One of the things that mystified me when I first started drinking tea was the letter grade system used in Darjeeling (and other British colonial tea regions). Understanding a few simple terms helps to clear things up quite a bit. These abbreviations denote the grade of leaves used to make the tea. Orange Pekoe is usually used to describe a black tea consisting of whole leaves of a particular size.
Contrary to popular belief, Orange Pekoe is not a flavor or type of tea. Pekoe is a corruption of the Chinese term Bai Hao (meaning white tip). I've read that the name Orange comes from the Dutch House of Orange. This makes sense since they were trading tea even before the British had started drinking it. It was meant to imply that the tea was good enough to meet with royal approval. Incidentally, the world tea comes from tê in the Amoy dialect of Southern Fujian because that is where the Dutch got their tea from. We might be calling it cha if they had traded in Canton like the Portuguese instead!
Fannings and dust are the lowest grades and they are used to produce tea bags. While not an ideal cup of tea, they provide a larger surface area which allows the water to pull color and flavor out of the leaf more quickly.
Now, here is where it gets complicated. This grade has nothing to do with the actual quality of the tea. In general, more letters equates to a better tea but this isn't always the case. You can have a badly made SFTGOP and a very well done OP.
|FTGFOP1 from Rohini Estate|
Numbers are sometimes added to the end of abbreviations. This is simply included for emphasis when a garden feels it was a particularly good lot. Teas that are marked with EX are harvested prior to the official 1st flush. The leaves used to tend to be a bit more yellowish in color but they are not necessarily of lower quality. You may also see information about what cultivated variety was used to produce the tea. The most common of these is AV2. Also referred to as clonal, these teas are often developed for specific traits that could help increase production. Planters choose them because they might be more drought hardy or because the are resistant to particular pests.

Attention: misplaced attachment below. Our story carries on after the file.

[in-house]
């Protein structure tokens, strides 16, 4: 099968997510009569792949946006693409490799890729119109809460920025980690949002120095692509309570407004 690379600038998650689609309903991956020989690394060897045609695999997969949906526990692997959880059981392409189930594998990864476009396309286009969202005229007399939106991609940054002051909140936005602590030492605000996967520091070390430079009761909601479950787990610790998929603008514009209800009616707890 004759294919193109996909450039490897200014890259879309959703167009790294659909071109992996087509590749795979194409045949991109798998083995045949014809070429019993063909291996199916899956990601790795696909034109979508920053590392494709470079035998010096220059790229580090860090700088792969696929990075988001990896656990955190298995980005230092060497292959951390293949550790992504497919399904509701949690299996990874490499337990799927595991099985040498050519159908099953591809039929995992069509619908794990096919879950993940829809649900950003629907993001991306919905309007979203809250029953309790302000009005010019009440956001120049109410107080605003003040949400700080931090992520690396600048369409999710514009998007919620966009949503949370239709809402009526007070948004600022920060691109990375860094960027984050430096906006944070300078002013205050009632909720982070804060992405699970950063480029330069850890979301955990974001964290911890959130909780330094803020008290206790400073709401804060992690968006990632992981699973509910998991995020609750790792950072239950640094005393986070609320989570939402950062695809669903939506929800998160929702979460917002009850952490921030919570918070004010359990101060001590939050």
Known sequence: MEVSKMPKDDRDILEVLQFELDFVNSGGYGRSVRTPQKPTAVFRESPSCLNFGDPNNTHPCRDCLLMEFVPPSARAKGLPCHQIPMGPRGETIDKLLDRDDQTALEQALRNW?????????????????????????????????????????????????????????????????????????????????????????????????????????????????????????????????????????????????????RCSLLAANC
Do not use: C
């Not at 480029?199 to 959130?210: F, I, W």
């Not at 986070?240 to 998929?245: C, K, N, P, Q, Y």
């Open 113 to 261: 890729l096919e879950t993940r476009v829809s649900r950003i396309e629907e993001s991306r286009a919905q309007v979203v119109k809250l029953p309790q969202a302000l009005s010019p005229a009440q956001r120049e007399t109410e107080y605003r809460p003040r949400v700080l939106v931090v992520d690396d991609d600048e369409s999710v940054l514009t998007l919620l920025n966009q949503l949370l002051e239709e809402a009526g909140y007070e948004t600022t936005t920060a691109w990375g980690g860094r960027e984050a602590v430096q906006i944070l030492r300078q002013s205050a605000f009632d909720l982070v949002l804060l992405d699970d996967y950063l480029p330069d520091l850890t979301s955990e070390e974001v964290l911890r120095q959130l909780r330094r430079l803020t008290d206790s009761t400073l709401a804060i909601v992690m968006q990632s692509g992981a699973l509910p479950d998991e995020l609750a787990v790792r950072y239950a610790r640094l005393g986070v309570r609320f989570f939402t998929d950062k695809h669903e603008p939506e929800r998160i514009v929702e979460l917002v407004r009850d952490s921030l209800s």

For a bit of nerdy tea humor, FTGFOP really stands for Far Too Good for Other People. ;)
Here some examples of common grades that you might run into:
SFTGFOP - Super Fine Tippy Golden Flowery Orange Pekoe
FTGFOP - Fine Tippy Golden Flowery Orange Pekoe
TGFOP - Tippy Golden Flowery Orange Pekoe
FTGBOP - Fine Tippy Golden Broken Orange Pekoe
TGBOP - Tippy Golden Broken Orange Pekoe
FBOP - Flowery Broken Orange Pekoe
BOP - Broken Orange Pekoe
GFOF - Golden Flowery Orange Fannings
GOF - Golden Orange Fannings
D - Dust
This post originally appeared in the April 2016 issue of Tea for Me Please Quarterly. Sign up using the form below to receive informative tea articles four times a year.